These two steps led at last to the discovery of the function of the upper back dial. One revolution of the main pointer represented 47 synodic months. The scale was laid out as a five-turn spiral containing 47 divisions in each turn. It therefore presented a visual display of the 235 months of the “Metonic” period relation (19 years = 235 synodic months), exactly consistent with the period relation built into the gearing under the front dial as mentioned above. Fragmentary inscriptions suggest that the pointer on the subsidiary dial showed a count of four cycles of the 19-year period, equal to the 76-year Callippic period. This is achieved by adding a further wheel to the arbor at the centre of the main upper back dial and two more on an arbor that lies beyond the edge of the surviving fragments, in an arrangement that follows closely the surviving gearing to the lower back dial. The main significance of this display seems to be its use, in conjunction with the front dial, in counting long intervals of time between events displayed on the front: the day and month indication of the Egyptian calendar, read on the front, are combined with the year of the Callippic cycle displayed on the back. Ptolemy uses just such a divided system of time-reckoning in the Almagest. The display might also be used in comparing calendars such as the Egyptian solar calendar (used by astronomers) and any of the various local civil lunar calendars. 8 When Price’s false assumptions about the supposed differential gear were swept away, the reconstruction of the train that includes the epicyclic assembly, and the function of the lower back dial that it served, remained problematic. Apart from uncertainty as to how many epicyclic arbors, if any, there might have been on the lost half of the epicyclic platform, the layout of the wheelwork is complete; but many of the wheels in this train are so severely mutilated that one cannot establish with certainty how many teeth each had and thence the velocity ratio at each stage. Analysis of the wheels alone leads to a wildly uncertain estimate of the train’s output period at the lower back dial. However, its combination with mathematical analysis, astronomical and mechanical considerations, and the observable detail of the dial itself, leads to just one probable solution for the function displayed: the period of rotation of the main pointer was intended to be one draconitic month. This leads to the conclusion that the lower back dial was used in the attempt to predict eclipses. Curiously, though, several different combinations of the numbers of teeth for the ruined wheels, all within the bounds of possibility indicated by the analysis, achieve the same result to acceptable approximations. 9 The use of the epicyclic gear implies that the designer attempted to realize a periodrelation that he supposed could not conveniently be achieved by using a fixed-axis train alone; but several satisfactory approximations that could have been realized more simply do in fact exist. These include a well known period-relation yielding an eclipse cycle of 223 synodic months, something which the designer certainly knew about since a fragmentary inscription on the instrument alludes to it. So, while admiring the designer’s ingenuity in introducing epicyclic gearing, one might be tempted to suggest that his powers of numerical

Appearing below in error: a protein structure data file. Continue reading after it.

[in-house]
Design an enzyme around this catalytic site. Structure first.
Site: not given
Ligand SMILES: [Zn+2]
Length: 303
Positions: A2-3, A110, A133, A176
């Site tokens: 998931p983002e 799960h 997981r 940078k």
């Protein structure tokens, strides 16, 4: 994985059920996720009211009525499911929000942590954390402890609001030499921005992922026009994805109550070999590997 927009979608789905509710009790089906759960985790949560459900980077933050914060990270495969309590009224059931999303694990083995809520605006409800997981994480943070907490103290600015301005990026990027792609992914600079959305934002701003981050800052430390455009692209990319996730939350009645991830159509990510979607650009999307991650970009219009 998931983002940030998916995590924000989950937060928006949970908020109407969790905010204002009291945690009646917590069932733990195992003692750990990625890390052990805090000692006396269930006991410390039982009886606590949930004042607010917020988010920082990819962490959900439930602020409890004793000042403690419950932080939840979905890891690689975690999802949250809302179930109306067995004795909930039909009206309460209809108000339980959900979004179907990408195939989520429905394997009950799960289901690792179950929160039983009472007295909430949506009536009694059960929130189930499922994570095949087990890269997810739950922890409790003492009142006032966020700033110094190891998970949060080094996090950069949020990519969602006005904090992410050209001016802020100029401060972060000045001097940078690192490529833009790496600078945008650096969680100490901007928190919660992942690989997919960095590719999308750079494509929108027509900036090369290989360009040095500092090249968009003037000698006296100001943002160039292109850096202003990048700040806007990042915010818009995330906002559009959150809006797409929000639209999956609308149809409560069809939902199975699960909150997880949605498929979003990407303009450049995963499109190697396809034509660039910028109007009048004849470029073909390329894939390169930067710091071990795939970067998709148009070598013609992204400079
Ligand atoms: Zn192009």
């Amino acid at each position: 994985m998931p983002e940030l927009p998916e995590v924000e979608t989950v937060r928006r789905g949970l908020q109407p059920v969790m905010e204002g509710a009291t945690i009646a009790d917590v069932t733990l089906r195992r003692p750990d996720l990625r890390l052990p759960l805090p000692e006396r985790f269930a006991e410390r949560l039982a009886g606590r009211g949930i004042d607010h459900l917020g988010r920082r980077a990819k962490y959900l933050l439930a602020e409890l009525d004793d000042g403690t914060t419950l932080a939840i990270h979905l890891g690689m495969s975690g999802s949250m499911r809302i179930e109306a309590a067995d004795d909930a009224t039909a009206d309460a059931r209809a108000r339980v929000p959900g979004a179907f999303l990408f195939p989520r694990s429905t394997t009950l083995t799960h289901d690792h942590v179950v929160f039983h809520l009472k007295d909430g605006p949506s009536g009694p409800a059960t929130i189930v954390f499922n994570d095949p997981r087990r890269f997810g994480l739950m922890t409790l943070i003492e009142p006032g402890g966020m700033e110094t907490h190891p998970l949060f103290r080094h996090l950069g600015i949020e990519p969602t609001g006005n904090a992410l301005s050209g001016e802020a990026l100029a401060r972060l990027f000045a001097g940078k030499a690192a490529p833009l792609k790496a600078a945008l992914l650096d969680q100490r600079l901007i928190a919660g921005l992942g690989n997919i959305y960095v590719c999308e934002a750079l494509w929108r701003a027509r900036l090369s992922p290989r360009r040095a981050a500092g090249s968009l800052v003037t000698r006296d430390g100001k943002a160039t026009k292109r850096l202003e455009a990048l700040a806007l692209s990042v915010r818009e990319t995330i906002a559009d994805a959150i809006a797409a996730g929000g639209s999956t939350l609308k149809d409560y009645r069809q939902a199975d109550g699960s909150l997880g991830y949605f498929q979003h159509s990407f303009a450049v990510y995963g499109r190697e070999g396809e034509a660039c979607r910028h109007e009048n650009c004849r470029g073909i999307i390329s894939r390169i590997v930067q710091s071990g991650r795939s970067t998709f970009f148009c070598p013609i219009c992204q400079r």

analysis were limited. Such a judgment would however beg the question as to the precise period-relation on which the design was based, and this we can probably never know. The model that was originally built to illustrate only the reconstruction of the front dial as a planetarium was extended to include all these features of the back dial and the wheelwork serving it. In addition, a Moon-phase display was restored to the centre of the front dial, following a new, correct identification of the circular component found in fragment C which Price interpreted as a “crank handle” for working the instrument. The device depends simply on the differential movement of the Sun and Moon pointers, and so its restoration to the centre of the dial is independent of the conjectural planetary indications of this dial. 10 No workmanship and no materials have been introduced into the model that are superior to those found in the original, but the outcome should still be seen only as a first trial attempt, made at home of materials that lay to hand. It must also be said that in making a physical model one has to decide on many details for which there may be no supporting evidence; but in this case all such details are unimportant, in that they may be changed without altering the function or working of the instrument in any significant way. The relation between the model and the reconstruction might be expressed loosely by the Platonic distinction between “what is seen” and “what is understood”. The new reconstruction is presented with confidence because it explains nearly all of the artefactual evidence. Yet there remain some details of the instrument that are hard to explain, seeming oddly designed for the apparent purpose, or having no identifiable purpose, or seeming – bizarrely – to have a purpose that makes no sense in the present context. One might emphasize that no further survey of the original fragments can solve these problems. Even in its wrecked state, the mechanical arrangement of the instrument as a whole is now quite clear, and the puzzling details mentioned above simply do not fit in. Instead, the researcher needs to envisage detail that no longer exists, for which he must exercise an informed imagination. What then emerges is that, rather than casting doubt on the soundness of the reconstruction, these problems point to the interesting probability that the instrument was altered. The most striking of these features is the form of the wooden case. The design of its front part is based on evidence from fragment A that is seen most obviously in early photographs. Two pieces of wood, one along the side of the frame plate and the other running across its lower edge, met at a mitred joint. The detail of the joint indicates that they formed the external corner of a case, not internal framing; but the lower end of the back dial overhangs this corner. The newly-discovered fragment F (which the author identifies as a corner of the back dial plate with traces of woodwork including a similar mitred joint) confirms that further casework enclosed the elongated back dial too. The case must therefore have been stepped, a design that has the air of being improvised. It suggests that the front part of the instrument, comprising the front dial, the frame plate of fragment